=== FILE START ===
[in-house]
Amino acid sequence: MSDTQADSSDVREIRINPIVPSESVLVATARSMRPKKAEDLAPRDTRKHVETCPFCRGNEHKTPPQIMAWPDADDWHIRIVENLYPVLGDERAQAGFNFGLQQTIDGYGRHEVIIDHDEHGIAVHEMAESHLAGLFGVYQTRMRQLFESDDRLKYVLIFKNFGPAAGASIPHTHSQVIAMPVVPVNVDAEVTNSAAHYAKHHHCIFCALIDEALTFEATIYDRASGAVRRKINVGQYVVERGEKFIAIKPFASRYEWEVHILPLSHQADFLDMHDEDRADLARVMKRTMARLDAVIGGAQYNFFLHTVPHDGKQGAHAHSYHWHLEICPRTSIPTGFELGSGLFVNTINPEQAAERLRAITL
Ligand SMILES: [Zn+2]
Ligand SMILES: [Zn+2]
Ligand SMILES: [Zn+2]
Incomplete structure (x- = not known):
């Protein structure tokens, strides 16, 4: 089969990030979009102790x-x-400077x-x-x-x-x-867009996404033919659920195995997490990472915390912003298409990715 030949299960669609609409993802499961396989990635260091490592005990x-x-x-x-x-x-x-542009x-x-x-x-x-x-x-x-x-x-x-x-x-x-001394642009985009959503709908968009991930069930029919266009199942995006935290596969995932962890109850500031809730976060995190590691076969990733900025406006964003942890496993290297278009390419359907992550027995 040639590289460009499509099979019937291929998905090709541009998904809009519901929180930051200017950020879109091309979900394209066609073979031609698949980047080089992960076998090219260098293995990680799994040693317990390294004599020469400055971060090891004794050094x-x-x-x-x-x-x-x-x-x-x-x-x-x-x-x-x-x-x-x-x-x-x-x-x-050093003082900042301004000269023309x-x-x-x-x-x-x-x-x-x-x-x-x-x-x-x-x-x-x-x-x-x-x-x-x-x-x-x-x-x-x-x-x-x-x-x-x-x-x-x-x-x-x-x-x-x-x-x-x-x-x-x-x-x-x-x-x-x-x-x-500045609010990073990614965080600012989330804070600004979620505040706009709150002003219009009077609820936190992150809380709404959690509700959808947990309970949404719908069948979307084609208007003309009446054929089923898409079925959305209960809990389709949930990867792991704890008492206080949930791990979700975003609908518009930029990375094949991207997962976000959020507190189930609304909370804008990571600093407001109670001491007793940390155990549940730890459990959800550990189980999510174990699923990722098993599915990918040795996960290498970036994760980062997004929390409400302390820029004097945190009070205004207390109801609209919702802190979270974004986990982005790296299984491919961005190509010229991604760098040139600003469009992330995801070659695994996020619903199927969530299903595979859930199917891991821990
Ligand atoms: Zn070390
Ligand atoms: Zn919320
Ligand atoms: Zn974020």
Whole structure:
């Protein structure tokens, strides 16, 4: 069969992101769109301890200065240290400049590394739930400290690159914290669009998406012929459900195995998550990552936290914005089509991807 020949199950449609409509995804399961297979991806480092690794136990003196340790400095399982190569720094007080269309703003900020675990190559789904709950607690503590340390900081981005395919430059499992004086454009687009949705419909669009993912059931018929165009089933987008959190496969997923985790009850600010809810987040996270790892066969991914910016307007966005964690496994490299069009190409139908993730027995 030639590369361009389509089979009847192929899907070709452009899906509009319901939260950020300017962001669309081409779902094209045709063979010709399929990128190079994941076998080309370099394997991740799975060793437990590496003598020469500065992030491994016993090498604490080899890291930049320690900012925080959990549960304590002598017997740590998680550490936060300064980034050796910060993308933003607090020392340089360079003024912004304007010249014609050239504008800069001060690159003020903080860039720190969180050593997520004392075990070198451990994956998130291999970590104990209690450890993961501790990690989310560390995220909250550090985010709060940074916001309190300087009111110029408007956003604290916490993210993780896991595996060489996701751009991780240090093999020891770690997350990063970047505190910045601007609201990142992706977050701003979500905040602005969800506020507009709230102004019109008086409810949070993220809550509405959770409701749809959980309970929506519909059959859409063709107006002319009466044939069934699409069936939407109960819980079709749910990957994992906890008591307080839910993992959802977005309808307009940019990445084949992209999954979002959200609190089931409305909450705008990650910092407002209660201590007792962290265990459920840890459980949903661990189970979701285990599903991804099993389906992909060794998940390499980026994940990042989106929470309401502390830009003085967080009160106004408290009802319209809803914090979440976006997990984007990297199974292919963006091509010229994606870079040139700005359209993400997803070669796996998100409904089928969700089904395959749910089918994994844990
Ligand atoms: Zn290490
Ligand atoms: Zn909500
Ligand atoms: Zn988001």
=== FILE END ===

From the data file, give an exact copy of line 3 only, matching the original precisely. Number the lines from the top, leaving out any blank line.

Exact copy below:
Ligand SMILES: [Zn+2]